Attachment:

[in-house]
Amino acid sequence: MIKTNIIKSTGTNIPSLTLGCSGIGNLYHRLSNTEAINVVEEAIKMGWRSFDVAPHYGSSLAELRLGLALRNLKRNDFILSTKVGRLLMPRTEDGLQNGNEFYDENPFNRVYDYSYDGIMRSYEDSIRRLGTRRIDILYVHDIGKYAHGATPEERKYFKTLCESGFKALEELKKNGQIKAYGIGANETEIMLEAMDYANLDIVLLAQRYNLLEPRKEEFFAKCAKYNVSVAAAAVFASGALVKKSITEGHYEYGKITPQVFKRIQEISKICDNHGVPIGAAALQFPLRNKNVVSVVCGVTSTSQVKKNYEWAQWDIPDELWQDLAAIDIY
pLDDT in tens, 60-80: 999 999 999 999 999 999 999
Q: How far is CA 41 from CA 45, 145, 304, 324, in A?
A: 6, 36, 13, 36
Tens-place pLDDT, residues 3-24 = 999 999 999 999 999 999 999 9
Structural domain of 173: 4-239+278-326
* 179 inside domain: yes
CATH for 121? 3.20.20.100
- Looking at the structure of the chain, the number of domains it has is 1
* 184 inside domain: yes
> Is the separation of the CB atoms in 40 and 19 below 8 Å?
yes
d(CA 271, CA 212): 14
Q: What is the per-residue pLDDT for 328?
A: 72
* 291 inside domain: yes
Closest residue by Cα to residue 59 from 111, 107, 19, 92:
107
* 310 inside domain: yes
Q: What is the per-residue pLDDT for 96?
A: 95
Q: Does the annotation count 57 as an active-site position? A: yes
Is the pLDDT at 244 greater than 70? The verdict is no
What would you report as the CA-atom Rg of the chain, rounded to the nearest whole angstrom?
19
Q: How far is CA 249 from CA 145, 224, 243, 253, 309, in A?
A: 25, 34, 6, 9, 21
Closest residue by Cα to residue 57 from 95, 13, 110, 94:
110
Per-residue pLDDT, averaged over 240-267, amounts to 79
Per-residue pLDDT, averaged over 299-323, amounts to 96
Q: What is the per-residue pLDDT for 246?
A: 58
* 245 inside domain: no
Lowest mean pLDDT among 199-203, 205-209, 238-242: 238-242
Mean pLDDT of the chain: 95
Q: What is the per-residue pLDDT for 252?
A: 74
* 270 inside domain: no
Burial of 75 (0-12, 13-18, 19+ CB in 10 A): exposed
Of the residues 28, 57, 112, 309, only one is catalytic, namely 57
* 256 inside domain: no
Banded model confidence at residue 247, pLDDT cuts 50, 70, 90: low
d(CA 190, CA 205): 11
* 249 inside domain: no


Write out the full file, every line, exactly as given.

[in-house]
Amino acid sequence: MIKTNIIKSTGTNIPSLTLGCSGIGNLYHRLSNTEAINVVEEAIKMGWRSFDVAPHYGSSLAELRLGLALRNLKRNDFILSTKVGRLLMPRTEDGLQNGNEFYDENPFNRVYDYSYDGIMRSYEDSIRRLGTRRIDILYVHDIGKYAHGATPEERKYFKTLCESGFKALEELKKNGQIKAYGIGANETEIMLEAMDYANLDIVLLAQRYNLLEPRKEEFFAKCAKYNVSVAAAAVFASGALVKKSITEGHYEYGKITPQVFKRIQEISKICDNHGVPIGAAALQFPLRNKNVVSVVCGVTSTSQVKKNYEWAQWDIPDELWQDLAAIDIY
pLDDT in tens, 60-80: 999 999 999 999 999 999 999
Q: How far is CA 41 from CA 45, 145, 304, 324, in A?
A: 6, 36, 13, 36
Tens-place pLDDT, residues 3-24 = 999 999 999 999 999 999 999 9
Structural domain of 173: 4-239+278-326
* 179 inside domain: yes
CATH for 121? 3.20.20.100
- Looking at the structure of the chain, the number of domains it has is 1
* 184 inside domain: yes
> Is the separation of the CB atoms in 40 and 19 below 8 Å?
yes
d(CA 271, CA 212): 14
Q: What is the per-residue pLDDT for 328?
A: 72
* 291 inside domain: yes
Closest residue by Cα to residue 59 from 111, 107, 19, 92:
107
* 310 inside domain: yes
Q: What is the per-residue pLDDT for 96?
A: 95
Q: Does the annotation count 57 as an active-site position? A: yes
Is the pLDDT at 244 greater than 70? The verdict is no
What would you report as the CA-atom Rg of the chain, rounded to the nearest whole angstrom?
19
Q: How far is CA 249 from CA 145, 224, 243, 253, 309, in A?
A: 25, 34, 6, 9, 21
Closest residue by Cα to residue 57 from 95, 13, 110, 94:
110
Per-residue pLDDT, averaged over 240-267, amounts to 79
Per-residue pLDDT, averaged over 299-323, amounts to 96
Q: What is the per-residue pLDDT for 246?
A: 58
* 245 inside domain: no
Lowest mean pLDDT among 199-203, 205-209, 238-242: 238-242
Mean pLDDT of the chain: 95
Q: What is the per-residue pLDDT for 252?
A: 74
* 270 inside domain: no
Burial of 75 (0-12, 13-18, 19+ CB in 10 A): exposed
Of the residues 28, 57, 112, 309, only one is catalytic, namely 57
* 256 inside domain: no
Banded model confidence at residue 247, pLDDT cuts 50, 70, 90: low
d(CA 190, CA 205): 11
* 249 inside domain: no